Paul Mlakar

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Person.png Paul Mlakar History CommonsRdf-icon.png
(engineer)
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Paul F. Mlakar, Ph.D., P.E., F.ASCE. of the US Army Corps of Engineers (USACE) is notable for his work on investigation of a number of disasters, including the 9-11 attacks, the Oklahoma City bombing and the failure of the levees in New Orleans after Hurricane Katrina.

'Investigations'

Mlakar's investigations have been widely criticized by a number of independent investigators, and he has a remarkable continuity of co-workers.

Murrah Building, Oklahoma City, 1995

Full article: Oklahoma City bombing

Paul Mlakar worked under Charles Thornton, (together with Gene Corley and Mete Sozen) on the collapse of the Murrah Building in Oklahoma.

WTC, 9-11

Full article: 9-11/WTC Controlled demolition

Mlakar, again with Mete Sozen under Gene Corley, developed an explanation of the collapse of the World Trade Center which denied the evidence of bombs in the buildings and suggested that the three towers collapses as a result of the two plane impacts.

Pentagon, 9-11

Full article: 9-11/Pentagon

As Lead Technical Director, Mlakar headed the six-member Pentagon Building Performance Study team after 9-11, which also included Mete Sozen.[1][2] Mlakar is granted “limited access” to the Pentagon attack site for a week from September 14-21, and on October 4, the full team is given "controlled access". They meet Gene Corley and inspect the site "for approximately four hours." All airplane debris has been removed by this time, as well as most of the loose debris from the impact and collapse. Along with interviews and technical information provided by the Pentagon Renovation Project, the photos and data gleaned on these visits are the basis of the team’s analysis of the building’s response to the impact of Flight 77. The study is completed in April 2002, though the report will not be released for another nine months.[3]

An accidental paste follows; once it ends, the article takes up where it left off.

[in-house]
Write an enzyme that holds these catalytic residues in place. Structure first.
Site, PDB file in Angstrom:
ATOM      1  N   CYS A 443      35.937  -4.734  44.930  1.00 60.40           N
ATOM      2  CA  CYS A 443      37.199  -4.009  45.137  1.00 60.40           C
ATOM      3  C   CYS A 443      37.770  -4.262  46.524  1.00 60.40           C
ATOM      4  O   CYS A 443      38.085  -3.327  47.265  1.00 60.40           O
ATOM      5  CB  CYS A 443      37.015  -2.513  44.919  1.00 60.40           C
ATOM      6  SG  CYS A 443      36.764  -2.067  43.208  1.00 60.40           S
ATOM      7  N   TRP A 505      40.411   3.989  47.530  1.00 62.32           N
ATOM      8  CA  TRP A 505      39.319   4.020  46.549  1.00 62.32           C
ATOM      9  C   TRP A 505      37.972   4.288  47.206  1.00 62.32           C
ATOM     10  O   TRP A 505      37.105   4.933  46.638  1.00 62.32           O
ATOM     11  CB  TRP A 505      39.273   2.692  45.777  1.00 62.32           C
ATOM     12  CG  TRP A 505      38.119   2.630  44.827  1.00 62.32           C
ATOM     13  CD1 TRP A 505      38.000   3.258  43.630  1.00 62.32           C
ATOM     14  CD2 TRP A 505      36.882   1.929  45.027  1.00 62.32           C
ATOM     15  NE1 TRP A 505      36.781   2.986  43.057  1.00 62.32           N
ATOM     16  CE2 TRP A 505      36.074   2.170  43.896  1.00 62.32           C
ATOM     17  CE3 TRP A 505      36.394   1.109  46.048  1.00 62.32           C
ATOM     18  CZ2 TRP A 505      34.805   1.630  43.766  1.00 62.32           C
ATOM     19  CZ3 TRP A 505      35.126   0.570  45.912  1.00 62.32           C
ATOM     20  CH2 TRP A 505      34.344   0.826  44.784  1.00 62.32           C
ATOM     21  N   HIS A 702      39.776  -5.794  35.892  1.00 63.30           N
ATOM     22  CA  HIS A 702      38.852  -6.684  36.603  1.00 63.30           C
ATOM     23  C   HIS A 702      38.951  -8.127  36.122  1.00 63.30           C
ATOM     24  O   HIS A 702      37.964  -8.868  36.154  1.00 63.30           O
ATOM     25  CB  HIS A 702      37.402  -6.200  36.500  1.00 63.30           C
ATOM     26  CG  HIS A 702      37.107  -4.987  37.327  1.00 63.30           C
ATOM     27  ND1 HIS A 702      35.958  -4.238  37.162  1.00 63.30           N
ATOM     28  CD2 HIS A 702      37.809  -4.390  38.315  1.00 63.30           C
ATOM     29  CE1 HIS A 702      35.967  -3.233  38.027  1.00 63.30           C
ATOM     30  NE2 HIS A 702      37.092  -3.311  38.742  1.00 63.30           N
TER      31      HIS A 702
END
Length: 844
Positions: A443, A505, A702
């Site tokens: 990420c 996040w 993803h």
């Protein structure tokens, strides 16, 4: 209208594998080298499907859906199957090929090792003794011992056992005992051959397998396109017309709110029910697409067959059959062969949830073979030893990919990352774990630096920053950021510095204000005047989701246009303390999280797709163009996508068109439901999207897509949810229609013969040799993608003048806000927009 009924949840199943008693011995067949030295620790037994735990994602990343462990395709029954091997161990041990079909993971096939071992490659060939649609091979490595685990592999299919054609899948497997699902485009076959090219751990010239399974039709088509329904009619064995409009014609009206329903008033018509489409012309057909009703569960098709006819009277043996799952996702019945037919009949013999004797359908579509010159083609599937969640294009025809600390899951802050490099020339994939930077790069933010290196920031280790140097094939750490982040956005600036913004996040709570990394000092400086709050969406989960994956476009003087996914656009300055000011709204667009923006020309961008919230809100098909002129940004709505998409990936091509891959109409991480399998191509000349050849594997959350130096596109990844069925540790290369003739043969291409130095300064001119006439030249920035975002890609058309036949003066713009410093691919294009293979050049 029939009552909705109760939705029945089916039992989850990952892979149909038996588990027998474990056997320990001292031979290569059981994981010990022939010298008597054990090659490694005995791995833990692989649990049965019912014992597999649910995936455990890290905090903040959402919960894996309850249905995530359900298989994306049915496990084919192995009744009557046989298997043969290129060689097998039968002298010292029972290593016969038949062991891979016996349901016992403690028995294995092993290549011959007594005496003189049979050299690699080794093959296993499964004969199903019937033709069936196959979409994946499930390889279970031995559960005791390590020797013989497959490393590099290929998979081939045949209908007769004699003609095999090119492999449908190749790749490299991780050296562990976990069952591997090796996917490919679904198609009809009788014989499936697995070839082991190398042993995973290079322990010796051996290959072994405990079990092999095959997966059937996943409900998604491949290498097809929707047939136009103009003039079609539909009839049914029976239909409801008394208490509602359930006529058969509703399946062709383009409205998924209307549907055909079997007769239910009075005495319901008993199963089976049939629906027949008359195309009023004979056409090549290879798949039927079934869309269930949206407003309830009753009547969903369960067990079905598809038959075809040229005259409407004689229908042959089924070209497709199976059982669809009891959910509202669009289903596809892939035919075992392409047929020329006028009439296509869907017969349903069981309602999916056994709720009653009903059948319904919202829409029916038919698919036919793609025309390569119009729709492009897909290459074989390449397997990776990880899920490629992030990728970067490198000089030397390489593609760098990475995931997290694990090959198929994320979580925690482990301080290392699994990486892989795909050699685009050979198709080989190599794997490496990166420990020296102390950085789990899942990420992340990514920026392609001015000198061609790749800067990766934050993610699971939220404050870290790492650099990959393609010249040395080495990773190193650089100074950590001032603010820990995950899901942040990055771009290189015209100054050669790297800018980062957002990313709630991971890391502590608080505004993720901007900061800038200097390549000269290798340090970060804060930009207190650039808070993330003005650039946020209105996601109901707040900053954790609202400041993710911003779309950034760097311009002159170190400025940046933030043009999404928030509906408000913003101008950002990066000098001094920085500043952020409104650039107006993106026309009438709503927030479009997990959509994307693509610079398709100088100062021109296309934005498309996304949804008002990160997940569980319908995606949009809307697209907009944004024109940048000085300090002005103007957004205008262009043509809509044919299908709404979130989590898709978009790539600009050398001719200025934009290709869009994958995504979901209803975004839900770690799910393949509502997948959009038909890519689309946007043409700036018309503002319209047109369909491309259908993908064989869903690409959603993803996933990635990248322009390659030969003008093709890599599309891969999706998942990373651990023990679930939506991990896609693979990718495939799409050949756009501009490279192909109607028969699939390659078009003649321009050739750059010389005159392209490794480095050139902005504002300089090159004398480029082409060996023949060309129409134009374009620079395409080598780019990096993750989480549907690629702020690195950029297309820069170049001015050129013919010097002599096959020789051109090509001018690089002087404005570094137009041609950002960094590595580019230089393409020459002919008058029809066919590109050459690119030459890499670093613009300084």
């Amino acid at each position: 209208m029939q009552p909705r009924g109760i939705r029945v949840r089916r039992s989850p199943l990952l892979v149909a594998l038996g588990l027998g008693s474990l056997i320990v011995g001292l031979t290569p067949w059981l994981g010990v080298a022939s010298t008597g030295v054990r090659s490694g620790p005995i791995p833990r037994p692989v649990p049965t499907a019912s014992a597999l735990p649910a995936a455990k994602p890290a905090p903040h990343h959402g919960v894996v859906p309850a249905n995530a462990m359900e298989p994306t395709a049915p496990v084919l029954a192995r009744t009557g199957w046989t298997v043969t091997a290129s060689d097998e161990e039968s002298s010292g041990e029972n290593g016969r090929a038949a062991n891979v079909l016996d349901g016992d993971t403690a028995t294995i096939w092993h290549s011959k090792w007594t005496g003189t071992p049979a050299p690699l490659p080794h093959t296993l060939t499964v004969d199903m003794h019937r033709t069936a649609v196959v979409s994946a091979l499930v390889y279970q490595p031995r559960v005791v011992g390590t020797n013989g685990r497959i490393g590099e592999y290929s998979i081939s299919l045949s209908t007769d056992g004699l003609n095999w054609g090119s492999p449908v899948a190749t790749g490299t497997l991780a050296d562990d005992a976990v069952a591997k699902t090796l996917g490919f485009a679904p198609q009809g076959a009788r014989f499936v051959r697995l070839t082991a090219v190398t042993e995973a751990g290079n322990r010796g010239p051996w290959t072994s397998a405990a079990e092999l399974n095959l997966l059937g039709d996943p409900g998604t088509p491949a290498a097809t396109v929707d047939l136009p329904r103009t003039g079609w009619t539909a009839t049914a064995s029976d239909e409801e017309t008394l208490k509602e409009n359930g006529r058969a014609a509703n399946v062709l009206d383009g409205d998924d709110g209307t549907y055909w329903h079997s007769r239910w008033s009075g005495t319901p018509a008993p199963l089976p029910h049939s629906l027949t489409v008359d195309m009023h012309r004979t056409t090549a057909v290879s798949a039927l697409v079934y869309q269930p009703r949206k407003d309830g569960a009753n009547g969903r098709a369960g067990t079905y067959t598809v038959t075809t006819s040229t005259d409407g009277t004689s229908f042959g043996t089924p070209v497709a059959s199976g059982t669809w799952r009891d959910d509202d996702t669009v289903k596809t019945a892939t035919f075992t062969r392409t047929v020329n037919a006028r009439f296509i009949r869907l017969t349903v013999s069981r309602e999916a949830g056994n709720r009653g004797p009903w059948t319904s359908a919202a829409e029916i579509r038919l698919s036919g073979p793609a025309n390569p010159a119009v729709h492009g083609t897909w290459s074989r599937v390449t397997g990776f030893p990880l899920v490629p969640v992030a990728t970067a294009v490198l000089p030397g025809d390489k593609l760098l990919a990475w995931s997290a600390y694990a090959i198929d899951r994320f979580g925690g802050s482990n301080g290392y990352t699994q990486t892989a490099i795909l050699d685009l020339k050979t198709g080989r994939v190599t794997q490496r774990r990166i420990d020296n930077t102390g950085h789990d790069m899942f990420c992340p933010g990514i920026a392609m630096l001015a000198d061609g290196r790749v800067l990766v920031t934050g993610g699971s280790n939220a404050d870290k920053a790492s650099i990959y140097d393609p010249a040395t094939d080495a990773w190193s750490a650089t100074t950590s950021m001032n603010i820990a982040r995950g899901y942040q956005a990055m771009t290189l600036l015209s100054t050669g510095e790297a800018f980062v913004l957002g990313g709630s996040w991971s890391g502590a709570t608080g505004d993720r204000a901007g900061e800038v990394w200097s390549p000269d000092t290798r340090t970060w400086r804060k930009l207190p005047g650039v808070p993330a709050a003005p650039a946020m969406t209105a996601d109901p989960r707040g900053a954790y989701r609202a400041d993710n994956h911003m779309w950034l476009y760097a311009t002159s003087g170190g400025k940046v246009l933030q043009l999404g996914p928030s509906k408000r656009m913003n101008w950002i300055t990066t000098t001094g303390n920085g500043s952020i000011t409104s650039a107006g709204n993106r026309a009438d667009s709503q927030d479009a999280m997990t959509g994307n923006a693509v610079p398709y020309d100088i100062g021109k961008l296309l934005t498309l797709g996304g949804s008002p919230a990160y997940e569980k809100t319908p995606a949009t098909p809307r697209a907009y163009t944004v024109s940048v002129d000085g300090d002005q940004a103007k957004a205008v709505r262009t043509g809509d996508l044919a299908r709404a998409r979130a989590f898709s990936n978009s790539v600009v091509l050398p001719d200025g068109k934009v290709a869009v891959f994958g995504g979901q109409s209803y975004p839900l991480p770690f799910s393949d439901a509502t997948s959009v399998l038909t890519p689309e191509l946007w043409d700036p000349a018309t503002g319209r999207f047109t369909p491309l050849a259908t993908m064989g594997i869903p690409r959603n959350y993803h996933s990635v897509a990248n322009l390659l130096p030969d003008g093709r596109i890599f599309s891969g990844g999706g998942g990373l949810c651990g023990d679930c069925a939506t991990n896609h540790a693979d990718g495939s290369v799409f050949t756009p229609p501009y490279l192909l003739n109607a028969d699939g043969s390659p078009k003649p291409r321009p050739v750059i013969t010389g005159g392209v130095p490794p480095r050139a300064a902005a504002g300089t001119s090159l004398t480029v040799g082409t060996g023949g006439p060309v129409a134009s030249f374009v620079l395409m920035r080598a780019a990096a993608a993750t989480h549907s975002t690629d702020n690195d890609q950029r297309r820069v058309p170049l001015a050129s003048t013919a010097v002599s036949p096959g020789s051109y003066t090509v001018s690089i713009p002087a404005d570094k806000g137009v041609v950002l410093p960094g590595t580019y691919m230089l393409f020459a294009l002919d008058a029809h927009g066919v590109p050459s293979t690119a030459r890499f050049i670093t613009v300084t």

Hurricane Katrina

Mlakar lead the Army Corps of Engineers' investigation into the breakage of levees in New Orleans after Hurricane Katrina.[4] Professor Raymond B. Seed of the of the UC Berkeley department of Civil and Environmental Engineering wrote a powerful and detailed 42 page letter alleging corruption, connivance, collusion, obfuscation, retaliation etc.

"...Larry Roth had explained to me back in early September that ASCE had been ingloriously kicked out from the 911 investigation of the World Trade Center, and that they had learned their lesson and would never again make those same mistakes... ...What he meant was that a non disclosure clause that had been inserted into ASCE’s health and safety waiver/form for forensic investigations... ...Buried...was a very strong and binding non-disclosure clause..."[5]



References


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